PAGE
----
Accordingly, it is an object of the invention to provide an optical matrix switch for light-to-light switching, which is small in size and operates at high speed.
It is a further object of the invention to provide an optical matrix switch in which a switching voltage is lowered, and cross-talk is suppressed.
According to the invention, an optical matrix switch, includes:
plural input light paths, to which one or more input light signals are supplied;
plural output light paths, from which one or more output light signals are supplied to a following stage;
plural demultiplexing and multiplexing light paths, each of the plural demultiplexing and multiplexing light paths being connected to a corresponding one of the plural input light paths and a corresponding one of the plural light output paths;
plural optical switching devices each provided on a corresponding one of the plural demultiplexing and multiplexing light paths; and
means for controlling the plural optical switching devices to be selectively turned on and off;
wherein one or more optical switching devices which are selectively turned on among the plural optical switching devices emit light signals to be supplied to one or more output light paths of the plural output light paths by receiving and amplifying one or more light signals from one or more input light paths of the plural input light paths; and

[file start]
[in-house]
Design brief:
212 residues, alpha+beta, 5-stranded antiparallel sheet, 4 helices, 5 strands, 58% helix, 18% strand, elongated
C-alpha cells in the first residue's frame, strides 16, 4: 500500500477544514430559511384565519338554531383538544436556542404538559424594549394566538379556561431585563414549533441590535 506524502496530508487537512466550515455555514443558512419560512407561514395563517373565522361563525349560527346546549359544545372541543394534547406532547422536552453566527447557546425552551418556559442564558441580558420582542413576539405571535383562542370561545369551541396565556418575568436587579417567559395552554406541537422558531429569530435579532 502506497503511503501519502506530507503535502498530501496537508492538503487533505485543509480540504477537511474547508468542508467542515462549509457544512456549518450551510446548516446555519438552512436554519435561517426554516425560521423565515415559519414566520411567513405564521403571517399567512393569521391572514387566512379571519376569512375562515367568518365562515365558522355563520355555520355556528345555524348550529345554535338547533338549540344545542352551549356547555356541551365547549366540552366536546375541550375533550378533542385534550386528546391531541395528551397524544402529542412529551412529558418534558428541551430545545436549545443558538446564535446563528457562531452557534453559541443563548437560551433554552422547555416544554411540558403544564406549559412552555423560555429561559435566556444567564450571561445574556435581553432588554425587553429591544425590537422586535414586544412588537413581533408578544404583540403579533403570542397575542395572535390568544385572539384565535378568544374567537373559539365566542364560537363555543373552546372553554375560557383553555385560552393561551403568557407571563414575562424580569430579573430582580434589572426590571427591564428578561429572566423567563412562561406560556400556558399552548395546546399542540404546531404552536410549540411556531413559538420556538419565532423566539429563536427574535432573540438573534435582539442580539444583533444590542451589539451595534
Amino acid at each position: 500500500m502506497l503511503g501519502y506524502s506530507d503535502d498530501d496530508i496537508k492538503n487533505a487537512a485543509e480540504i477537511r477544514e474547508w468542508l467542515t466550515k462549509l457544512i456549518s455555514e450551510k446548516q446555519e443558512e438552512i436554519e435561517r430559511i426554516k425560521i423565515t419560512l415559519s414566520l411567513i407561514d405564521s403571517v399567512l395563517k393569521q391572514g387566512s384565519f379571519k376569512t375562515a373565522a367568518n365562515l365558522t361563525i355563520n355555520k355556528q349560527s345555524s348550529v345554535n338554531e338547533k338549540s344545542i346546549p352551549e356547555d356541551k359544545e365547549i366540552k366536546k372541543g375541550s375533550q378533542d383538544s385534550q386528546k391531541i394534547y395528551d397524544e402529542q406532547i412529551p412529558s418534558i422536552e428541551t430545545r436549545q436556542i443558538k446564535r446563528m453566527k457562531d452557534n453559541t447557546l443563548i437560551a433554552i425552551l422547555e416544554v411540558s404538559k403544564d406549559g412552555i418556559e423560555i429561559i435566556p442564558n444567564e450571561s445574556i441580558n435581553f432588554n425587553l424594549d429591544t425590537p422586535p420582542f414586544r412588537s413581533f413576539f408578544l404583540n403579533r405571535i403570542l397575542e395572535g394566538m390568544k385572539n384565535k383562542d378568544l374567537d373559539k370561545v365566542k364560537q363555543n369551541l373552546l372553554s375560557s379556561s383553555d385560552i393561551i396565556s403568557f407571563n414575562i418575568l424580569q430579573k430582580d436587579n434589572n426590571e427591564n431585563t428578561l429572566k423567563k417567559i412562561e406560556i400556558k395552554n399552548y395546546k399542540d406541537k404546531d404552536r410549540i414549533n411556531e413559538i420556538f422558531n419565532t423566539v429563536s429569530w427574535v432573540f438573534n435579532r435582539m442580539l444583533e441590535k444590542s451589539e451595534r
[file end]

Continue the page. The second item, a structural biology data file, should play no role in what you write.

one or more optical switching device which are selectively turned off among the plural optical switching devices emit no light signal by receiving and absorbing one or more light signal from one or more input light paths of the plural input light paths.
The other objects and features of this invention will become understood from the following description with reference to the accompanying drawings.
FIG. 1 is a schematic view illustrating conventional optical matrix switch;
FIG. 2 is a schematic view illustrating a optical matrix switch of a preferred embodiment according to the invention;
FIG. 3 is a perspective view illustrating the preferred embodiment;
FIG. 4 is a cross-sectional view illustrating a device used for the preferred embodiment;
FIG. 5 is a schematic view used to show operation of the device shown in FIG. 4; and
FIGS. 6 and 7 are graphs showing operation of the device in FIG. 4, respectively.
For a better understanding of the background of the present invention, the basic principle of the conventional technology is first described hereinafter with reference to FIG. 1.
FIG. 1 shows an optical directional coupler 10 which includes electrodes 14A and 14B provided on an optoelectrical crystal substrate 12 of LiNbO3, LiTaO3, etc. , and optical waveguides 16 formed on the substrate 12 by diffusion of Ti into the substrate 12.
The electrode 14A is connected to a terminal 15 which is applied with a control voltage, and the electrode 14B is connected to ground, so that a control led electric field is applied across the narrow portion of the parallel optical waveguides 16.
In operation, an input light applied to an input terminal IN1 is switched to be supplied from an output terminal OUT1 or OUT2 in accordance with the value of the control voltage applied to the terminal 15. In the same manner, an input light supplied to an input terminal IN2 is switched to be obtained at the output terminal OUT1 or OUT2 as an output light.